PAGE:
How to Name Hotel Room Types Effectively | Hotel Marketing
November 9, 2020|Hotel Marketing
How many times have you come across a hotel that sells a Standard Room? Would you want to stay there, especially if the room rate is at $200-300? That would certainly not be convincing. What if that room rate was for a Plush Double or Triple Suite? You might then be more inclined to make a reservation.
Names play a critical role in the marketability of your hotel. Remember, rooms are perishable commodities in the hotel industry. Every unsold room is lost revenue. Thus, put in a little more thought in naming your rooms. They need to be creative to attract the attention of prospective guests or descriptive of the key features to encourage reservations.
How creative should your room names be? Some hotels have had a bit more pizzazz with their room names, using artist names like Van Gogh, Picasso, or Rembrandt, or even destination cities like Amsterdam, Paris, or Athens. These names undeniably sound much more appealing. Whichever theme you are going for, your room names must capture the essence of the experience your hotel is selling.
You can also describe the occupancy, bed type, location, or views of your rooms. Successful hotels opt for names such as Bay View, Lake View, or Pool View. Some hotels have gone as far as naming their rooms Extra Small, Small, Large, or Extra-Large with Balcony. While these names do not sound as fancy, they describe exactly what the rooms are offering. In choosing descriptive room names, make them as catchy as they are accurate so you can pull the kind of customers you want to stay in your hotel.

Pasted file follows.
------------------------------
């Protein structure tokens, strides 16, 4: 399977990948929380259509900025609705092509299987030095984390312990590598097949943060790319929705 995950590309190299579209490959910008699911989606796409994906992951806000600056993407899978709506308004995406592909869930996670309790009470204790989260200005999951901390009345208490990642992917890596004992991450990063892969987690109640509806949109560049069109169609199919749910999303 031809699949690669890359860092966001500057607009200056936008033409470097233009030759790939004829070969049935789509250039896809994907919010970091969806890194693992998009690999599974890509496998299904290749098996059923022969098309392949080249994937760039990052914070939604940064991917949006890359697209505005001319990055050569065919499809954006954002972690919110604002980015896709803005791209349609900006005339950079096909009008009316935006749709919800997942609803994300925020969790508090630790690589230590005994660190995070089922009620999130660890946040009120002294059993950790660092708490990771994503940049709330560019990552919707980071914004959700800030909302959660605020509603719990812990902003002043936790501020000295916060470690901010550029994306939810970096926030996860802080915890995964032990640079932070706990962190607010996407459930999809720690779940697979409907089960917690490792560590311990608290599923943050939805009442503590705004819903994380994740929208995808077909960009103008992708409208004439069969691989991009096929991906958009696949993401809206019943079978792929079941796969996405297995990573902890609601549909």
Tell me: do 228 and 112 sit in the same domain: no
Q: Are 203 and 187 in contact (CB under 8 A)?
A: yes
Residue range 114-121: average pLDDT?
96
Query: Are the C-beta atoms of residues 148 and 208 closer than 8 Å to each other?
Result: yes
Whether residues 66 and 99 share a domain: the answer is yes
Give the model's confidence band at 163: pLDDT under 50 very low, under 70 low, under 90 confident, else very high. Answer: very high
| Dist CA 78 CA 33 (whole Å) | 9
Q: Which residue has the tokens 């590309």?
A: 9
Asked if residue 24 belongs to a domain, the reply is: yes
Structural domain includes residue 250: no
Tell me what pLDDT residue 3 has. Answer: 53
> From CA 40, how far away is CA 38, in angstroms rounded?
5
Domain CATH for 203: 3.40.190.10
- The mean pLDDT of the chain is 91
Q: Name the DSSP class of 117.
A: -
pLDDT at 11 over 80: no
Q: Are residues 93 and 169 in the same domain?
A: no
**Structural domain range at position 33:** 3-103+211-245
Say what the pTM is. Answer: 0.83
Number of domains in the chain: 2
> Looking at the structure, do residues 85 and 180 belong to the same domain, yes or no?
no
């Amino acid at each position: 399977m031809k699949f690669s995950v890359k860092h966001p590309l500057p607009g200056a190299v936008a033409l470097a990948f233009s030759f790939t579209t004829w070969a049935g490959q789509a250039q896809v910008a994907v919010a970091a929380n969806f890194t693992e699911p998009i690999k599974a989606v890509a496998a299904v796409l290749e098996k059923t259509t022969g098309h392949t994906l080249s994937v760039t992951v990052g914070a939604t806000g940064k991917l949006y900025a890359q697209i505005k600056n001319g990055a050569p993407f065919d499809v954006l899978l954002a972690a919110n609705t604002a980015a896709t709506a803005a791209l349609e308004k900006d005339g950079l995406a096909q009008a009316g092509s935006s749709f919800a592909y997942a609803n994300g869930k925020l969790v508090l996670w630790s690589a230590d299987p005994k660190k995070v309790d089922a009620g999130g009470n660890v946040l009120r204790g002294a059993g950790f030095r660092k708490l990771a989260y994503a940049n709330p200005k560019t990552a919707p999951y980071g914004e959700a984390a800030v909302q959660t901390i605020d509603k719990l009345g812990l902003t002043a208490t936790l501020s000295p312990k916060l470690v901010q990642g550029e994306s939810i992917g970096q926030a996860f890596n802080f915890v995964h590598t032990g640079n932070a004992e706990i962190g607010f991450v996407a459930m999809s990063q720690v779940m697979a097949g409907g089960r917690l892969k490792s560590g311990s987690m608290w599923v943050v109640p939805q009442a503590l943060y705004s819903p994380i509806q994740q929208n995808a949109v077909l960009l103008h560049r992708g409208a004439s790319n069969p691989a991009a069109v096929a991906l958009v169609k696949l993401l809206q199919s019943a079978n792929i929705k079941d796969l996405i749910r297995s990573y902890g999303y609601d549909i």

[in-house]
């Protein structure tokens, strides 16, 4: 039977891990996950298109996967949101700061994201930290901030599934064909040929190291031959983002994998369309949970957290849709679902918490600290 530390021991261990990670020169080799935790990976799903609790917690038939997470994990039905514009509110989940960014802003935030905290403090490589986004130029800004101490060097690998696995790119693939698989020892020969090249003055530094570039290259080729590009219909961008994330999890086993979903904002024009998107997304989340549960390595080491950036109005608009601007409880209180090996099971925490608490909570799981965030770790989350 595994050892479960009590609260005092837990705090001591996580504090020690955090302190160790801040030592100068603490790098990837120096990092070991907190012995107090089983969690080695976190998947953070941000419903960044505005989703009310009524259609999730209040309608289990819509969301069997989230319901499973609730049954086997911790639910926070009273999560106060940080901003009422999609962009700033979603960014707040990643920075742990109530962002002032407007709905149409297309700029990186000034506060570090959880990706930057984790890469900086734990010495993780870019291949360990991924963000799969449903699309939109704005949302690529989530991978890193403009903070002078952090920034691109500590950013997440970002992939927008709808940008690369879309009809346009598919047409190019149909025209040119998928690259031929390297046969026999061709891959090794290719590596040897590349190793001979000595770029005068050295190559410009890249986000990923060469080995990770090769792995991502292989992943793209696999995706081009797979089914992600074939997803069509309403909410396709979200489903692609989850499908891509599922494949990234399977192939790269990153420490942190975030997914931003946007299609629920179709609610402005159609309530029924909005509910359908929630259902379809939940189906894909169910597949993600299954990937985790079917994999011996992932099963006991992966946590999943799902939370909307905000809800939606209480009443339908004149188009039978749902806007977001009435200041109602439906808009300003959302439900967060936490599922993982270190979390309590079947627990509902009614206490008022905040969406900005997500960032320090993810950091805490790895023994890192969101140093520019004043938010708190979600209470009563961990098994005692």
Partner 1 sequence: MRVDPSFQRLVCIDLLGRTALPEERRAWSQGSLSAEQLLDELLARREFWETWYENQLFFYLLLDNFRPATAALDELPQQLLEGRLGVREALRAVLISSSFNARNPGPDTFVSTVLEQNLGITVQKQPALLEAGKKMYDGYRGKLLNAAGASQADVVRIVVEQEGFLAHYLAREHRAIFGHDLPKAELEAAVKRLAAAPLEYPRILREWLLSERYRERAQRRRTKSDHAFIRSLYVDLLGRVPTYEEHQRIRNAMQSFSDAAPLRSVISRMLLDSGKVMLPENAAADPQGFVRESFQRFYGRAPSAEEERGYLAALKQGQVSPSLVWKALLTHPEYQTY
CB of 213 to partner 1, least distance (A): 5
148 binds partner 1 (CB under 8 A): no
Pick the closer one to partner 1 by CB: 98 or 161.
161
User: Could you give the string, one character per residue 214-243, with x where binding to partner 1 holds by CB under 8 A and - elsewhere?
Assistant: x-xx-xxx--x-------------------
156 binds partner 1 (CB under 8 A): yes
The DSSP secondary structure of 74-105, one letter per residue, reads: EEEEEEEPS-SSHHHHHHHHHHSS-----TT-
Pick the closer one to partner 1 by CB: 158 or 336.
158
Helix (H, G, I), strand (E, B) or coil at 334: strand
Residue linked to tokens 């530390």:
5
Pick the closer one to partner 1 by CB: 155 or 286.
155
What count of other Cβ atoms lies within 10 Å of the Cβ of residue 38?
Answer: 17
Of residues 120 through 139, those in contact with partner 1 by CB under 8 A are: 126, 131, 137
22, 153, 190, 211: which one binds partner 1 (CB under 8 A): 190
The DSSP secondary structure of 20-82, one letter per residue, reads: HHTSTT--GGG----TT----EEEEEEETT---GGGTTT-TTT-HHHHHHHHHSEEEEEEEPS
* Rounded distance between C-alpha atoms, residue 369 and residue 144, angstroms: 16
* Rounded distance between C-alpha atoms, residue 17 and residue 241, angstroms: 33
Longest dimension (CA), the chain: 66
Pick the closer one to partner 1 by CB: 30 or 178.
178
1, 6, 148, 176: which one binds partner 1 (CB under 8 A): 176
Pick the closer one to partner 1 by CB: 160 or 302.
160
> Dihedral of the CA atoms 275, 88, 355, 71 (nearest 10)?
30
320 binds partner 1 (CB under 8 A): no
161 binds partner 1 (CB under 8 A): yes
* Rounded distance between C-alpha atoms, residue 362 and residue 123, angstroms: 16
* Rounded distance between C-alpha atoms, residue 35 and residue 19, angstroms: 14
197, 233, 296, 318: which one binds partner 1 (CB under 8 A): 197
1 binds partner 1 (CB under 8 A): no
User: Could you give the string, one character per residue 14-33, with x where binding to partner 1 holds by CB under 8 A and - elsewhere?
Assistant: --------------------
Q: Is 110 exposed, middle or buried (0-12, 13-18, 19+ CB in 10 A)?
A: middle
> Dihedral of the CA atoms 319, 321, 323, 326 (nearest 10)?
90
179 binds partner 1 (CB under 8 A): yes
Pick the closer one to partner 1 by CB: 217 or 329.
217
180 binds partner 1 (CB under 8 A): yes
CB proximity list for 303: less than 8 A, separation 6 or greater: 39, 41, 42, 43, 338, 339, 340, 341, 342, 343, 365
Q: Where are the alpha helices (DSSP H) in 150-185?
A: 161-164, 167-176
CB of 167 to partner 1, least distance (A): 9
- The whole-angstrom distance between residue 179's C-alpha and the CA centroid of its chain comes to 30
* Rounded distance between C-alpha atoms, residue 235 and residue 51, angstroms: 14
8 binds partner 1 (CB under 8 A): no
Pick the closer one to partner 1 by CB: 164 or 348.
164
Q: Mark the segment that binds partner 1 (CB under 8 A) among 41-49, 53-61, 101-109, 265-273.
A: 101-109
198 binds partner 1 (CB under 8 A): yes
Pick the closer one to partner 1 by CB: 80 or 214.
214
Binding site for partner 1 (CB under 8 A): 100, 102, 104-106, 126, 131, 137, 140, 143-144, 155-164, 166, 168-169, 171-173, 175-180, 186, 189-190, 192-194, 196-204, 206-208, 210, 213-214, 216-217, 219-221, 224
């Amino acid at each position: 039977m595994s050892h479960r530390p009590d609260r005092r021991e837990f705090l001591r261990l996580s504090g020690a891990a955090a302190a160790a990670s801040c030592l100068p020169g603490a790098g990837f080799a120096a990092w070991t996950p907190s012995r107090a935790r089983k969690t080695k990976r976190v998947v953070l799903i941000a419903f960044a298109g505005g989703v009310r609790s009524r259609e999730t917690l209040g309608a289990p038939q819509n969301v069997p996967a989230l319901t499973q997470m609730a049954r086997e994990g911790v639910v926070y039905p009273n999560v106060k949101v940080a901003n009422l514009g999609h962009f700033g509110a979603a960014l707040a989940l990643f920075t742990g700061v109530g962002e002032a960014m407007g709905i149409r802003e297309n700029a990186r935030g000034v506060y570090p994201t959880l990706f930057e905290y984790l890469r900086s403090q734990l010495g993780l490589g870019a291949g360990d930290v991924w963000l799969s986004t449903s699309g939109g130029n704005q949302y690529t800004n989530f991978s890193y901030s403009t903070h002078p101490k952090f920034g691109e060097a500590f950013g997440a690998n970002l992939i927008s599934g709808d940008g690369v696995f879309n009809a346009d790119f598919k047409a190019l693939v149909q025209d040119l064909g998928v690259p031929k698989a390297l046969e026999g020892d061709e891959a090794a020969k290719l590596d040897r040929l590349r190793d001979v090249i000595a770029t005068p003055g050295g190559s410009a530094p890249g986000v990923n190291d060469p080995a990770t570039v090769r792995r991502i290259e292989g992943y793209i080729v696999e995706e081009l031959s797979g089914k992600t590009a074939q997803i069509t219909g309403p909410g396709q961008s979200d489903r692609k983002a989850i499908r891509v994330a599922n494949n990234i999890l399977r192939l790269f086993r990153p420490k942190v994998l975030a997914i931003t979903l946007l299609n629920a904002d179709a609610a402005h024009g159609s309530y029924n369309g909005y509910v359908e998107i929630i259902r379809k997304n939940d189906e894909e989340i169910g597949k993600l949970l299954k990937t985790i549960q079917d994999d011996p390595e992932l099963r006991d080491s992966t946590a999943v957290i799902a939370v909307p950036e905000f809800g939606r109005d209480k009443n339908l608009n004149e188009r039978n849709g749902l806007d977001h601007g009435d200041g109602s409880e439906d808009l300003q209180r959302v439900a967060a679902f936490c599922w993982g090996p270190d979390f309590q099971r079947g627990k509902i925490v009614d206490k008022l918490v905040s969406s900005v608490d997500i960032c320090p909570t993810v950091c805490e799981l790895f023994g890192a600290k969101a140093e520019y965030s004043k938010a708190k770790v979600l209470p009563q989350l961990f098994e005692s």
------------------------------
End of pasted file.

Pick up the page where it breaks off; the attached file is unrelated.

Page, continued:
Buyer personas have changed in recent years, and from the beginning of their experience, that is, from the moment they decide to make a reservation, guests demand to be wowed. You want to use names like Spectacular, Fabulous, Amazing, Fantastic, Cozy, or Plush. Room names like these help to sell the experience. Ask yourself, do I want to sleep in one of these rooms? If your room names do not attract you, you need to work on it.
Design and boutique hotels charge more and thereby make more profit because they do not just sell a room; they sell customer experience. A guest would not want to pay $300-400 just for a room; they pay $300-400 for a complete experience. Leisure travelers are inspired to make a reservation not only by the material aspects of the room but also by the prospect of an unforgettable experience with your hotel.
Every detail masters and everything starts with what they see first, the room name. Keep your prospective customers in mind when you choose your room names. Remember to capture their attention and stand out from the competition. It makes all the difference and will surely drive revenues for your hotel.
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